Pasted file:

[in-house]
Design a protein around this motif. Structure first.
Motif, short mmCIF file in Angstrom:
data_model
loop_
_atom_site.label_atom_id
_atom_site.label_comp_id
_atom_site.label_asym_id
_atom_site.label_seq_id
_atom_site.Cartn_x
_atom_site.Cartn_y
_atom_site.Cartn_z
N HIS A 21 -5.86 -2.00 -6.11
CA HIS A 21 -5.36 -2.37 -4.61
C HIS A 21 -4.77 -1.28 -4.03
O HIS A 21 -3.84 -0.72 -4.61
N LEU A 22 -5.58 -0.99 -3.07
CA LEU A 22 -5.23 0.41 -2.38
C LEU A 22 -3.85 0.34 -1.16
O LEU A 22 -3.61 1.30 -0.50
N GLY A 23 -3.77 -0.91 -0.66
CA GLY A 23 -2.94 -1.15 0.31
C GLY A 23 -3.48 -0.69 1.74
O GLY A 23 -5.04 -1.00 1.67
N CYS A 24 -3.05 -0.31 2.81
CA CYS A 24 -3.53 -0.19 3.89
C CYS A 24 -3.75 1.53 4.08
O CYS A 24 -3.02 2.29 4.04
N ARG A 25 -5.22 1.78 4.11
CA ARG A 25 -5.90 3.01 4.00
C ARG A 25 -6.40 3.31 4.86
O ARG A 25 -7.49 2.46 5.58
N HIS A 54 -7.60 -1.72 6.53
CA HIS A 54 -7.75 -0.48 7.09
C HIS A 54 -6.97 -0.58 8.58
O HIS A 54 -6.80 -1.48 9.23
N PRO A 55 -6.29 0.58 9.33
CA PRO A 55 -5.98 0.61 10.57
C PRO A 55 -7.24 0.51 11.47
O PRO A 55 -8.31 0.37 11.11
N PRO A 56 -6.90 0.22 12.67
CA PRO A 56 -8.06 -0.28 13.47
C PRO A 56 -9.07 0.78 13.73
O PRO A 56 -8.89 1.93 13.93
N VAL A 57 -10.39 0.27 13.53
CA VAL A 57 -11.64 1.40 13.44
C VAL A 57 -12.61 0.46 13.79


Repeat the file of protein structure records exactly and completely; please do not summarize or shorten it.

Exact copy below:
[in-house]
Design a protein around this motif. Structure first.
Motif, short mmCIF file in Angstrom:
data_model
loop_
_atom_site.label_atom_id
_atom_site.label_comp_id
_atom_site.label_asym_id
_atom_site.label_seq_id
_atom_site.Cartn_x
_atom_site.Cartn_y
_atom_site.Cartn_z
N HIS A 21 -5.86 -2.00 -6.11
CA HIS A 21 -5.36 -2.37 -4.61
C HIS A 21 -4.77 -1.28 -4.03
O HIS A 21 -3.84 -0.72 -4.61
N LEU A 22 -5.58 -0.99 -3.07
CA LEU A 22 -5.23 0.41 -2.38
C LEU A 22 -3.85 0.34 -1.16
O LEU A 22 -3.61 1.30 -0.50
N GLY A 23 -3.77 -0.91 -0.66
CA GLY A 23 -2.94 -1.15 0.31
C GLY A 23 -3.48 -0.69 1.74
O GLY A 23 -5.04 -1.00 1.67
N CYS A 24 -3.05 -0.31 2.81
CA CYS A 24 -3.53 -0.19 3.89
C CYS A 24 -3.75 1.53 4.08
O CYS A 24 -3.02 2.29 4.04
N ARG A 25 -5.22 1.78 4.11
CA ARG A 25 -5.90 3.01 4.00
C ARG A 25 -6.40 3.31 4.86
O ARG A 25 -7.49 2.46 5.58
N HIS A 54 -7.60 -1.72 6.53
CA HIS A 54 -7.75 -0.48 7.09
C HIS A 54 -6.97 -0.58 8.58
O HIS A 54 -6.80 -1.48 9.23
N PRO A 55 -6.29 0.58 9.33
CA PRO A 55 -5.98 0.61 10.57
C PRO A 55 -7.24 0.51 11.47
O PRO A 55 -8.31 0.37 11.11
N PRO A 56 -6.90 0.22 12.67
CA PRO A 56 -8.06 -0.28 13.47
C PRO A 56 -9.07 0.78 13.73
O PRO A 56 -8.89 1.93 13.93
N VAL A 57 -10.39 0.27 13.53
CA VAL A 57 -11.64 1.40 13.44
C VAL A 57 -12.61 0.46 13.79